President of the 5-and-under Canela Antigua fan club.

Sunday lunch – chorizo, avocado and cheddar cheese on fresh sourdough.

The weekend started with a bang, however, with Saturday posting the best sales since opening day. And Sunday came within Q15 (about $2) of matching opening day. So you can imagine what kind of mood that put me in when I finally shut the doors on Sunday afternoon! I was tired, I was relieved, and I was excited.

Sourdough dinner rolls, being tested for a hotel’s possible wholesale business. (Plus some biscuit scraps underneath for snacking.)

Taste-testing the rolls.

Via Facebook, the manager of two nearby hotels had asked if I could make her samples of dinner rolls and two types of cookies: chocolate chip and chocolate. On Sunday, I worked on the rolls for her, trying a few different varieties. As well, I came up with a chocolate cookie, using dark cocoa powder to add some deep chocolate flavor. Stefani and I tasted it on Sunday afternoon and thought it was a winner.

On Monday morning, on what should truly have been a complete day off, I had to get to work. Not only did I need to deliver the roll samples and cookies to the potential client, but I also had to make bread for Tuesday. I had been invited to Impact Hub, a co-working space down the street, to share samples of my products and bring items to sell. I know a few people who have US-based jobs, but live down here, and are able to easily telecommute with the high-speed internet at Impact Hub. They’ve told me that reaching out the Hub crowd would be good for business, and it turned out the Hub reached out to me first.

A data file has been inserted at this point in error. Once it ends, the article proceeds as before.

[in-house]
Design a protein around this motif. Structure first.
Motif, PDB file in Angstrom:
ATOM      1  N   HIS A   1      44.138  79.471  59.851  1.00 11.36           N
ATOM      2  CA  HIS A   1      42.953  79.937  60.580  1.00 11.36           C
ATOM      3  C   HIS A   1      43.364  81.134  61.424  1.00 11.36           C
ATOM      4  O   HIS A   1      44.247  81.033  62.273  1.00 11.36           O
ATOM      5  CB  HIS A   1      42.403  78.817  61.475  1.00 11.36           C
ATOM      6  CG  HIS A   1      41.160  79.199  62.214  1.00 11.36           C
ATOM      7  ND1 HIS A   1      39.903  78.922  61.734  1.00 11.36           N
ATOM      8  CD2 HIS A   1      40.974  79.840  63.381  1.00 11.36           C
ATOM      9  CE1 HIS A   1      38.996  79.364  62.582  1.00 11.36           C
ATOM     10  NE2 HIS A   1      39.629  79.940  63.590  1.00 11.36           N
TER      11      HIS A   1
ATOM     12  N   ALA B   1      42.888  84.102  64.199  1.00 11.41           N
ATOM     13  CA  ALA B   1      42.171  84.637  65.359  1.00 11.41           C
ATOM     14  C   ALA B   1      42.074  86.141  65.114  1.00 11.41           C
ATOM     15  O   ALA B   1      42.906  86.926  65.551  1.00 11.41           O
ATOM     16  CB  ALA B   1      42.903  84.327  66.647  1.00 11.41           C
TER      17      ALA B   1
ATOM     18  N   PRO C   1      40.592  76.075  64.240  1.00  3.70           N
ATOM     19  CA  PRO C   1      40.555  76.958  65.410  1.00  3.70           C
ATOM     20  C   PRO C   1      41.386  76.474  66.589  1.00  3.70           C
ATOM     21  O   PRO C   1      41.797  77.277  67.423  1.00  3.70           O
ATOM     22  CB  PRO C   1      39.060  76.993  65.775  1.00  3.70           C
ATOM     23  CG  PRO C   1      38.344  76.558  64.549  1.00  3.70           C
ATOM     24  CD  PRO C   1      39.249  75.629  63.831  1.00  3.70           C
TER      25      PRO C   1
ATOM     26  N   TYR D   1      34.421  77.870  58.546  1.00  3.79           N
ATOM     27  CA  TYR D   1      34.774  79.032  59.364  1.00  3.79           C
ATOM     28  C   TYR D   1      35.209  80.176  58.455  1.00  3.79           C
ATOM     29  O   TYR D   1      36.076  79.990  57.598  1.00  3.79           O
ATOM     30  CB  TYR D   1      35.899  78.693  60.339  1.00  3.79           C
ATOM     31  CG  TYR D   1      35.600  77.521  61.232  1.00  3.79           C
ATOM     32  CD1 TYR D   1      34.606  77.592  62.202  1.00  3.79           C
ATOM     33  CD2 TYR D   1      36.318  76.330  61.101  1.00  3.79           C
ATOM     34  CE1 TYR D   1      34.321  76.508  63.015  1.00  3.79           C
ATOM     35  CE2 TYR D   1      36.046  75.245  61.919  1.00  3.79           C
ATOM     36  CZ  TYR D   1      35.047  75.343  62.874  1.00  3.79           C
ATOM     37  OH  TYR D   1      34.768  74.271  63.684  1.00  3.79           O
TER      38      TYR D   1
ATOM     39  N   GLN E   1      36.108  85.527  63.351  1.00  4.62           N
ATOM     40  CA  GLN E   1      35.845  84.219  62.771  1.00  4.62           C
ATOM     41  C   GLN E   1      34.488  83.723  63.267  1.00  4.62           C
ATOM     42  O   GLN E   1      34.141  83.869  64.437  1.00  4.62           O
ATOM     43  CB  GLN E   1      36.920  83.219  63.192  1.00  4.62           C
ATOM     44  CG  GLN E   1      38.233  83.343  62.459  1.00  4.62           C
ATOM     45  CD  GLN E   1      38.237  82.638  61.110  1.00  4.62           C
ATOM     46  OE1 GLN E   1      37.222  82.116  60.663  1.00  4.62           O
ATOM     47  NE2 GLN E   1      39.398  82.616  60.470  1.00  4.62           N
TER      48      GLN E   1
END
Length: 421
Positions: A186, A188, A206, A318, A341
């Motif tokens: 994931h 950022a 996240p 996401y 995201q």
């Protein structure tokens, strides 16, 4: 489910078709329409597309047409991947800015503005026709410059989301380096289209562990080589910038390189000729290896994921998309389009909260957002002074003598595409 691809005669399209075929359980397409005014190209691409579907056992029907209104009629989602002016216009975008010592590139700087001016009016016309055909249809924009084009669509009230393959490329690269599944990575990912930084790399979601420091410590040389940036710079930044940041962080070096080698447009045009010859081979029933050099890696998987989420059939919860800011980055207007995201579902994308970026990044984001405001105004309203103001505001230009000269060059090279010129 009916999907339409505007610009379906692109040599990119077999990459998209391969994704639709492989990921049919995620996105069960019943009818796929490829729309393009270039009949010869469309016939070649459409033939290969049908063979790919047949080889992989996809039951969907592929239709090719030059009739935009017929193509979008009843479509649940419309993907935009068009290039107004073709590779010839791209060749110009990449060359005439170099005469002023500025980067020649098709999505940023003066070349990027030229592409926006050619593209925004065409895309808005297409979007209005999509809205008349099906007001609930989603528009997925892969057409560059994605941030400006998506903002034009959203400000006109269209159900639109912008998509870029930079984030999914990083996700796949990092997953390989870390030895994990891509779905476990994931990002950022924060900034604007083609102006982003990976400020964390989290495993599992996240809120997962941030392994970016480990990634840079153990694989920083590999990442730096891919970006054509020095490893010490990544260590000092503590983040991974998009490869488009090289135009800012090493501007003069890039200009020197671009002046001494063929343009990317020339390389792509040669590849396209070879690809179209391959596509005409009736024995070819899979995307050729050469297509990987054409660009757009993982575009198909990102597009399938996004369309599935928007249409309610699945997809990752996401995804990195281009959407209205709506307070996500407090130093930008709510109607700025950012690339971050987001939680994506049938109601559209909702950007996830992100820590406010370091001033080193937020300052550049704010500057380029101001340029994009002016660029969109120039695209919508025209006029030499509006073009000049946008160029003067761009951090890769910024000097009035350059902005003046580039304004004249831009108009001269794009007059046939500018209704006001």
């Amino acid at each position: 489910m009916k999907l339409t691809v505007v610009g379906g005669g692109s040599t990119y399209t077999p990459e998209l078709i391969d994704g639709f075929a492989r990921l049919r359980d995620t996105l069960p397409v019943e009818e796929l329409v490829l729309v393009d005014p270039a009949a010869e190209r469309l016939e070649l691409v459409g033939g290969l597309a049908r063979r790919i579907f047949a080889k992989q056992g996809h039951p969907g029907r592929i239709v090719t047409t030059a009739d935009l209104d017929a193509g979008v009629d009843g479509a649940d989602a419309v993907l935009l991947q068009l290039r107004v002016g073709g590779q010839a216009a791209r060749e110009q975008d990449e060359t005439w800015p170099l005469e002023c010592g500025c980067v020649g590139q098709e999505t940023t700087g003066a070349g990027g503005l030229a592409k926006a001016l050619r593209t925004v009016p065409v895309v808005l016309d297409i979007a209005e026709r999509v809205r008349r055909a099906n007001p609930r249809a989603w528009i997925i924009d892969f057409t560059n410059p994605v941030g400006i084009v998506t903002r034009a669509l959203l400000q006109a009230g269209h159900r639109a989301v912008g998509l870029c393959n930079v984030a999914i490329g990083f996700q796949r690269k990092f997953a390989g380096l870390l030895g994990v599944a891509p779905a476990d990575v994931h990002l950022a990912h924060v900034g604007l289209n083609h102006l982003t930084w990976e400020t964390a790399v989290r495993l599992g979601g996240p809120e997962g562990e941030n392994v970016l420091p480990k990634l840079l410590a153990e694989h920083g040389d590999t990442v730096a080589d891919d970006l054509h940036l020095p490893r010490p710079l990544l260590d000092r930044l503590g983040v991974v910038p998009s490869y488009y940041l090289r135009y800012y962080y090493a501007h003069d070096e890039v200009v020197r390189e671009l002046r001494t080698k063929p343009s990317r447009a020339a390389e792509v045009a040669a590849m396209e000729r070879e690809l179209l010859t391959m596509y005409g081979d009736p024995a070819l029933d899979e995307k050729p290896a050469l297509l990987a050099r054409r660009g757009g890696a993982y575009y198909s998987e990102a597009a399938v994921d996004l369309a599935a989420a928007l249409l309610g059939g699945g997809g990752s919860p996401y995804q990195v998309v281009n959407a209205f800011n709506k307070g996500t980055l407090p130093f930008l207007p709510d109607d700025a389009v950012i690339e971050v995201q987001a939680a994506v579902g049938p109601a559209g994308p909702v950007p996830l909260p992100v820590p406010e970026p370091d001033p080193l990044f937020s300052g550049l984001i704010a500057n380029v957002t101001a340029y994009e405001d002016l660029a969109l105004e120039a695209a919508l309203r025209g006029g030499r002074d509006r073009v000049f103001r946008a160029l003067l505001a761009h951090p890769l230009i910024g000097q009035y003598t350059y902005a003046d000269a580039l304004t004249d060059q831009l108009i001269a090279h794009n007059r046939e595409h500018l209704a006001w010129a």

A beautiful, rain-free morning in Antigua.

I was able to get out and about in the afternoon, and walked around town a little bit. Monday is usually the day I go to the market and get fruits and veggies for the week. I also had an appointment with my accountant, to get everything in order now that my business’ paperwork was back from the capital.

On Tuesday, I had a helper with me. B, the thirteen-year-old son of some friends here, has been enamored with my babka. There is an entrepreneurship program at his school and he decided he’d like to spend some time with me and learn about the bakery business. So, on this morning, he was my right-hand (young) man. It was a lot more of me doing and him watching, but he got the hang of a few things as the morning went on. Babka is quite delicious, but a pain to roll out. We were both sweating heavily in no time. Plus, I had the oven on to bake the bread for Impact Hub. It was a sauna in the kitchen.

He worked well for about five hours, with his mom, Marina, coming by mid-morning to take some photos and video for the school. By the time we had wrapped up for the day, he seemed happy but exhausted (which was later confirmed by his mom). We got plenty done – made blondies, baked bread, rolled and baked babka, and baked off some cookie dough. He’ll be back in a few weeks on a day the bakery is open to see what that is like.